Months before the death of his father Friedrich Konrad Glatz already runs the trading house. In 1938 the Vienna Stock Exchange for Agriculture entrusts him with the function of arbitrator. Thus he must not go to war. The regime needs him to organize the grain industry. The trading house Glatz is part-nationalised.
In Serbia and Romania new companies are founded. In Belgrade, the trading house builds the Glatz Danube Cereal Ltd, and together with the German grain company of Flensburg Glatz runs the Cerealcomert S.A.R. in Braila, Romania. The branch offices organise the export of grain from there to the German Reich. But with the war’s end, all investments and subsidiaries in the Balkans are lost.
1945 Immediately after the end of the war, the company uses its so-called “Maria-Theresien-Berechtigungsschein” – a licence to trade in goods of all type – to do just that: everything from shoe polish to brooms, cakes, almond paste and liquid soap to needles is sold.
Austria is reeling from the effects of war. For the distribution of flour a distribution centre is established. Glatz is assigned to organise it, the implementation is done by a special cooperative of Viennese bakers. This requires a complex ration couponing system that has to be established and managed. At the same time the company is also responsible for other foods.
In 1947, Ernst Weiner, then only 28 years old, is granted full power of attorney, in recognition of his performance and loyalty. He had joined the company in 1933 as an apprentice taking the company’s future into his own hands immediately after the war and leading the company successfully through the first years of peace after the war. 1949 the head of the company consists of a trio, as also chief accountant Raymond Klotz is appointed attorney. He is an employee of the company already since 1915.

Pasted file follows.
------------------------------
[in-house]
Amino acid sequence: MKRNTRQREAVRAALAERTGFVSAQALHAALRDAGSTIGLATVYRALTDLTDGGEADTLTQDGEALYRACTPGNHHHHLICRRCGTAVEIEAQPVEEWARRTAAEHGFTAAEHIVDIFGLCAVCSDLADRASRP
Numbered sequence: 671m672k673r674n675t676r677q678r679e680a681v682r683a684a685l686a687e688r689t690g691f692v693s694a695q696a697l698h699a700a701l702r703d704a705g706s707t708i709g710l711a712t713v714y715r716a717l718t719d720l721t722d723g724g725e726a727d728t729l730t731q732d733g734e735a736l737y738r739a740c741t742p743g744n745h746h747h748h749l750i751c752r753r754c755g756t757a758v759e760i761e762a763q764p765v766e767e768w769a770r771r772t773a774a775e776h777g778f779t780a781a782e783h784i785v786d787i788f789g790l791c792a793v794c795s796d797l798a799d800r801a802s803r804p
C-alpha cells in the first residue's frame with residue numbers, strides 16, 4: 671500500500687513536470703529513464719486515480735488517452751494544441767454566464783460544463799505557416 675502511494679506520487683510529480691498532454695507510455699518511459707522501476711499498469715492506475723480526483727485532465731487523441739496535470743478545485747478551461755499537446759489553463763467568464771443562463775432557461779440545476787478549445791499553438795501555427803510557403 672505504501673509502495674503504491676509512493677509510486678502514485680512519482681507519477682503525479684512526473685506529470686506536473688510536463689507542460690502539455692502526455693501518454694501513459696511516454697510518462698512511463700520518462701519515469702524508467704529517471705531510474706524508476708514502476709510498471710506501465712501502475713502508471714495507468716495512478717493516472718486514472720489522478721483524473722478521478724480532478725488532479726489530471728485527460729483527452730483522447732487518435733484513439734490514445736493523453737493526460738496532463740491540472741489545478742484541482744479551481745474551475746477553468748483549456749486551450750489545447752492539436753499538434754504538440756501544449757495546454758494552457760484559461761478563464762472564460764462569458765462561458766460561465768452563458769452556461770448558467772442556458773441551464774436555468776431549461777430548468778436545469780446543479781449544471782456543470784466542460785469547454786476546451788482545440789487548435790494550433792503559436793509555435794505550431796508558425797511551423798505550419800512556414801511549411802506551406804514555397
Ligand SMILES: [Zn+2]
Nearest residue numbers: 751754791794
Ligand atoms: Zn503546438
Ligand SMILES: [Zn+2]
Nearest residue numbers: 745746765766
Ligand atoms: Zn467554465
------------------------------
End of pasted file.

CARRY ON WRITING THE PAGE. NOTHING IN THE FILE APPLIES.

Following the expiry of relief supplies from the United States, the cereal business changes and Glatz begins to import grain itself. This is necessary as the domestic production is far from large enough to meet the demand, and the Austrian grain is inferior to the industrially produced varieties from overseas. The export department at Glatz conducts the transactions with the international grain wholesalers, especially in the U.S. and Canada. Up to 900 000 tons a year were imported into Austria during this period after the war.
In addition to international business comes a growing domestic business: Because the competing cooperatives broaden their offers, Glatz expands the business. The company now also distributes soybean meal, oil cakes, fish and meat meal in animal feed, fertilisers, and increasing amounts of seed.
On September 1st 1950 Glatz registers the “Agrar-Speicher-Betriebs-Gesellschaft m.b.H.”. The new company has the purpose to operate the storage silos Rhenus and Hansa in the Danube port of Vienna-Albern which are under Soviet administration. In the silos Glatz stores the large quantities of cereals, which come from overseas.
In 1952 Paul Bruck from Leopoldsdorf becomes an important strategic partner for Konrad Glatz: The son of a country merchant’s family founds the Paul Bruck KG. This company builds 15 sites in the Marchfeld and the northern Burgenland. Over the years, Glatz increases his shares in the joint company, up to when Paul Bruck KG entirely passes over to the property of Glatz.
Coming from Vienna and Lower Austria, Glatz rolls out on the entire Austrian market. With newly hired staff in a new office location in Wels, Glatz starts business with mills and other buyers westwards as far as Tyrol. Also southern Austria is worked on systematically and successfully by Glatz representatives in Styria and Carinthia.
1960 and 1970 Glatz builds in Korneuburg, conveniently located directly on the Danube, two large silos with 40,000 tonnes of storage capacity.
In the mid-sixties a department for consumer goods such as dried fruit, rice and tinned goods is established, which in the 1980s would provide a quarter of the total turnover.